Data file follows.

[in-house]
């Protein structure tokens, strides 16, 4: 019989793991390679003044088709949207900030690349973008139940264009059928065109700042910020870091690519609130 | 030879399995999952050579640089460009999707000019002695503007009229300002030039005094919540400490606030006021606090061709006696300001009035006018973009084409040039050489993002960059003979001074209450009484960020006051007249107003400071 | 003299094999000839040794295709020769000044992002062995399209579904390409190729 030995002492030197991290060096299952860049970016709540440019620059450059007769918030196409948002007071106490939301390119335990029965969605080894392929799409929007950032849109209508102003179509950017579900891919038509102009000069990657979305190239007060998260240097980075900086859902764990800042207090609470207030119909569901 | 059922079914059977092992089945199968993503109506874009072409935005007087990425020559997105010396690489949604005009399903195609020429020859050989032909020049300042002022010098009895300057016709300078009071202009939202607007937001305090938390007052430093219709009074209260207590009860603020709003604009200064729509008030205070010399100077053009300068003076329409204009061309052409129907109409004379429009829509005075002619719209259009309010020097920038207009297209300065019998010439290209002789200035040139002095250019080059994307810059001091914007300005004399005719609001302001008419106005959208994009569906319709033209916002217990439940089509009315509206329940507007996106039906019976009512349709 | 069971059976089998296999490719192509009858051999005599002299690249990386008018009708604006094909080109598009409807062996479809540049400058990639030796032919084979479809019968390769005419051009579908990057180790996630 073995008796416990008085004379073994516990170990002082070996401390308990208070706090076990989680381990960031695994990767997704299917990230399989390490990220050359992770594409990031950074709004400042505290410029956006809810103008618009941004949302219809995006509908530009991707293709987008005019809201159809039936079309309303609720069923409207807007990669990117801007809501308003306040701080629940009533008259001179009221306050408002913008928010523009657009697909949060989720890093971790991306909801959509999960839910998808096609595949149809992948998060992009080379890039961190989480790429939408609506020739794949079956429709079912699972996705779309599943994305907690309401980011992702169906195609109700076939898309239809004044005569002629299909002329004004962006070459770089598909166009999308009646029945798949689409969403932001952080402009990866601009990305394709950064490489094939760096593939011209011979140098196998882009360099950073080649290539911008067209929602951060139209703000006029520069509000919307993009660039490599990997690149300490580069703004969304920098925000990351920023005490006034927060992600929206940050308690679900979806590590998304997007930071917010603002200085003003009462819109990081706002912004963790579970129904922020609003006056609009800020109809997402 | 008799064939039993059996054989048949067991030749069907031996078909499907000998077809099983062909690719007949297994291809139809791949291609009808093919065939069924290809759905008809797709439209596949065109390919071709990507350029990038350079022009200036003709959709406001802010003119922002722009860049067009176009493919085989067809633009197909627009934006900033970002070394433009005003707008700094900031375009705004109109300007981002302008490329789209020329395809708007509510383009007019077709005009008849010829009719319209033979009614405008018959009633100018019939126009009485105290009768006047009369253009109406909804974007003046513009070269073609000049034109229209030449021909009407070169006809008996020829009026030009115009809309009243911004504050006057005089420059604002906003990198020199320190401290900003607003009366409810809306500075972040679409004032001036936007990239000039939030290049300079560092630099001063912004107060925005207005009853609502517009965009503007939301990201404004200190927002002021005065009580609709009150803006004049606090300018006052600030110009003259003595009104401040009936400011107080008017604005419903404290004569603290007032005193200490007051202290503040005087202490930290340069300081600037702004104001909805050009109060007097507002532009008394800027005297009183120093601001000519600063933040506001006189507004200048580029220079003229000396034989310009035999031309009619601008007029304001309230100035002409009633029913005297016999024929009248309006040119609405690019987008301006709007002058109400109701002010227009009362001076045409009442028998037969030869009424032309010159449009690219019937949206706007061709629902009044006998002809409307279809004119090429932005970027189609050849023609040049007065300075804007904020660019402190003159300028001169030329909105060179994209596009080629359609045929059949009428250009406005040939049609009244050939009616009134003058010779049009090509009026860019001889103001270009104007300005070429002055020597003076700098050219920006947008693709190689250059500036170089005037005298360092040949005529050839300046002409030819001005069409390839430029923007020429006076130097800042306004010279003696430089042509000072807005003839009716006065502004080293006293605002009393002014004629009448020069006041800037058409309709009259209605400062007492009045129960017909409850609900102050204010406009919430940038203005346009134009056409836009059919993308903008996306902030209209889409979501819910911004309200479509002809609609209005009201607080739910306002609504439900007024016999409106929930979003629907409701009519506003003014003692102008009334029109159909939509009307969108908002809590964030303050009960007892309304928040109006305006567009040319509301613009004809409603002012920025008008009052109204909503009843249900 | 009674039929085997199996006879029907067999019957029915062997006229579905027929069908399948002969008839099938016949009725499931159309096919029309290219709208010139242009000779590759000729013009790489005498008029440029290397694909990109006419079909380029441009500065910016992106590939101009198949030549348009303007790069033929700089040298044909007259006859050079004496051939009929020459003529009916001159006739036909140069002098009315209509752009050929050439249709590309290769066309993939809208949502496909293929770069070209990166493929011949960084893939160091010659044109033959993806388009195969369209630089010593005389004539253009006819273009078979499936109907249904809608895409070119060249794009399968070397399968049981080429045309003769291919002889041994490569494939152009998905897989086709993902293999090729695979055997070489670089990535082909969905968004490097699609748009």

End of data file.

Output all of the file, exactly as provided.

[in-house]
């Protein structure tokens, strides 16, 4: 019989793991390679003044088709949207900030690349973008139940264009059928065109700042910020870091690519609130 | 030879399995999952050579640089460009999707000019002695503007009229300002030039005094919540400490606030006021606090061709006696300001009035006018973009084409040039050489993002960059003979001074209450009484960020006051007249107003400071 | 003299094999000839040794295709020769000044992002062995399209579904390409190729 030995002492030197991290060096299952860049970016709540440019620059450059007769918030196409948002007071106490939301390119335990029965969605080894392929799409929007950032849109209508102003179509950017579900891919038509102009000069990657979305190239007060998260240097980075900086859902764990800042207090609470207030119909569901 | 059922079914059977092992089945199968993503109506874009072409935005007087990425020559997105010396690489949604005009399903195609020429020859050989032909020049300042002022010098009895300057016709300078009071202009939202607007937001305090938390007052430093219709009074209260207590009860603020709003604009200064729509008030205070010399100077053009300068003076329409204009061309052409129907109409004379429009829509005075002619719209259009309010020097920038207009297209300065019998010439290209002789200035040139002095250019080059994307810059001091914007300005004399005719609001302001008419106005959208994009569906319709033209916002217990439940089509009315509206329940507007996106039906019976009512349709 | 069971059976089998296999490719192509009858051999005599002299690249990386008018009708604006094909080109598009409807062996479809540049400058990639030796032919084979479809019968390769005419051009579908990057180790996630 073995008796416990008085004379073994516990170990002082070996401390308990208070706090076990989680381990960031695994990767997704299917990230399989390490990220050359992770594409990031950074709004400042505290410029956006809810103008618009941004949302219809995006509908530009991707293709987008005019809201159809039936079309309303609720069923409207807007990669990117801007809501308003306040701080629940009533008259001179009221306050408002913008928010523009657009697909949060989720890093971790991306909801959509999960839910998808096609595949149809992948998060992009080379890039961190989480790429939408609506020739794949079956429709079912699972996705779309599943994305907690309401980011992702169906195609109700076939898309239809004044005569002629299909002329004004962006070459770089598909166009999308009646029945798949689409969403932001952080402009990866601009990305394709950064490489094939760096593939011209011979140098196998882009360099950073080649290539911008067209929602951060139209703000006029520069509000919307993009660039490599990997690149300490580069703004969304920098925000990351920023005490006034927060992600929206940050308690679900979806590590998304997007930071917010603002200085003003009462819109990081706002912004963790579970129904922020609003006056609009800020109809997402 | 008799064939039993059996054989048949067991030749069907031996078909499907000998077809099983062909690719007949297994291809139809791949291609009808093919065939069924290809759905008809797709439209596949065109390919071709990507350029990038350079022009200036003709959709406001802010003119922002722009860049067009176009493919085989067809633009197909627009934006900033970002070394433009005003707008700094900031375009705004109109300007981002302008490329789209020329395809708007509510383009007019077709005009008849010829009719319209033979009614405008018959009633100018019939126009009485105290009768006047009369253009109406909804974007003046513009070269073609000049034109229209030449021909009407070169006809008996020829009026030009115009809309009243911004504050006057005089420059604002906003990198020199320190401290900003607003009366409810809306500075972040679409004032001036936007990239000039939030290049300079560092630099001063912004107060925005207005009853609502517009965009503007939301990201404004200190927002002021005065009580609709009150803006004049606090300018006052600030110009003259003595009104401040009936400011107080008017604005419903404290004569603290007032005193200490007051202290503040005087202490930290340069300081600037702004104001909805050009109060007097507002532009008394800027005297009183120093601001000519600063933040506001006189507004200048580029220079003229000396034989310009035999031309009619601008007029304001309230100035002409009633029913005297016999024929009248309006040119609405690019987008301006709007002058109400109701002010227009009362001076045409009442028998037969030869009424032309010159449009690219019937949206706007061709629902009044006998002809409307279809004119090429932005970027189609050849023609040049007065300075804007904020660019402190003159300028001169030329909105060179994209596009080629359609045929059949009428250009406005040939049609009244050939009616009134003058010779049009090509009026860019001889103001270009104007300005070429002055020597003076700098050219920006947008693709190689250059500036170089005037005298360092040949005529050839300046002409030819001005069409390839430029923007020429006076130097800042306004010279003696430089042509000072807005003839009716006065502004080293006293605002009393002014004629009448020069006041800037058409309709009259209605400062007492009045129960017909409850609900102050204010406009919430940038203005346009134009056409836009059919993308903008996306902030209209889409979501819910911004309200479509002809609609209005009201607080739910306002609504439900007024016999409106929930979003629907409701009519506003003014003692102008009334029109159909939509009307969108908002809590964030303050009960007892309304928040109006305006567009040319509301613009004809409603002012920025008008009052109204909503009843249900 | 009674039929085997199996006879029907067999019957029915062997006229579905027929069908399948002969008839099938016949009725499931159309096919029309290219709208010139242009000779590759000729013009790489005498008029440029290397694909990109006419079909380029441009500065910016992106590939101009198949030549348009303007790069033929700089040298044909007259006859050079004496051939009929020459003529009916001159006739036909140069002098009315209509752009050929050439249709590309290769066309993939809208949502496909293929770069070209990166493929011949960084893939160091010659044109033959993806388009195969369209630089010593005389004539253009006819273009078979499936109907249904809608895409070119060249794009399968070397399968049981080429045309003769291919002889041994490569494939152009998905897989086709993902293999090729695979055997070489670089990535082909969905968004490097699609748009």